Andi: Is there anything else you want people to know about your job?

Ambassador Kerry Buck: Two things. First, It’s an immense honour to be able to serve my country abroad, and to be able to serve my country abroad as an ambassador. It’s cool, more than cool. I feel pride in what I’m doing, and pride in what the team is doing. These are issues I care about. Second thing I want people to know, is to consider a career path in diplomacy, certainly consider a career path on international stuff on international peace and security issues. We need more Canadians working on these issues, and it’s immensely rewarding.

I would like to thank Ambassador Kerry Buck for taking the time to interview with the NATO Association of Canada, and for the insightful wisdom and advice she has offered our readers.


Photo: Ambassador Kerry Buck, via NATO.

Disclaimer: Any views or opinions expressed in articles are solely those of the authors and do not necessarily represent the views of the NATO Association of Canada.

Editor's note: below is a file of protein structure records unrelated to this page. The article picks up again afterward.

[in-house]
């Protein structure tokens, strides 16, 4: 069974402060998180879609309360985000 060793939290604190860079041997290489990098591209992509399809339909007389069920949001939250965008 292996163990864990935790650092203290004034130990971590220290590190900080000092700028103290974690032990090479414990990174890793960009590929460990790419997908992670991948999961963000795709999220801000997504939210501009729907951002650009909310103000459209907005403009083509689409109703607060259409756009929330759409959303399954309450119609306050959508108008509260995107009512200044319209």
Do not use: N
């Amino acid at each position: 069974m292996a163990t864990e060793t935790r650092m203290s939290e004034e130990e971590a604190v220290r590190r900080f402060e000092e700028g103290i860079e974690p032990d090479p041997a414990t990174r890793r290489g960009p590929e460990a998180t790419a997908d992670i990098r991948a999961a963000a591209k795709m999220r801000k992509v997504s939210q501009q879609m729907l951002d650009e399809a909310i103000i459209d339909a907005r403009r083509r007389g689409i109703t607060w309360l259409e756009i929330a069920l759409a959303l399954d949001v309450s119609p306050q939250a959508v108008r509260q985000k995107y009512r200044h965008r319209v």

• Andi Asimetaj

    Andi Asimetaj is currently a Research Analyst at the NATO Association of Canada. He has a Hon. Bachelor of Arts from the University of Toronto, and is currently pursuing a career in the global affairs department.

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Andi Asimetaj
Andi Asimetaj is currently a Research Analyst at the NATO Association of Canada. He has a Hon. Bachelor of Arts from the University of Toronto, and is currently pursuing a career in the global affairs department.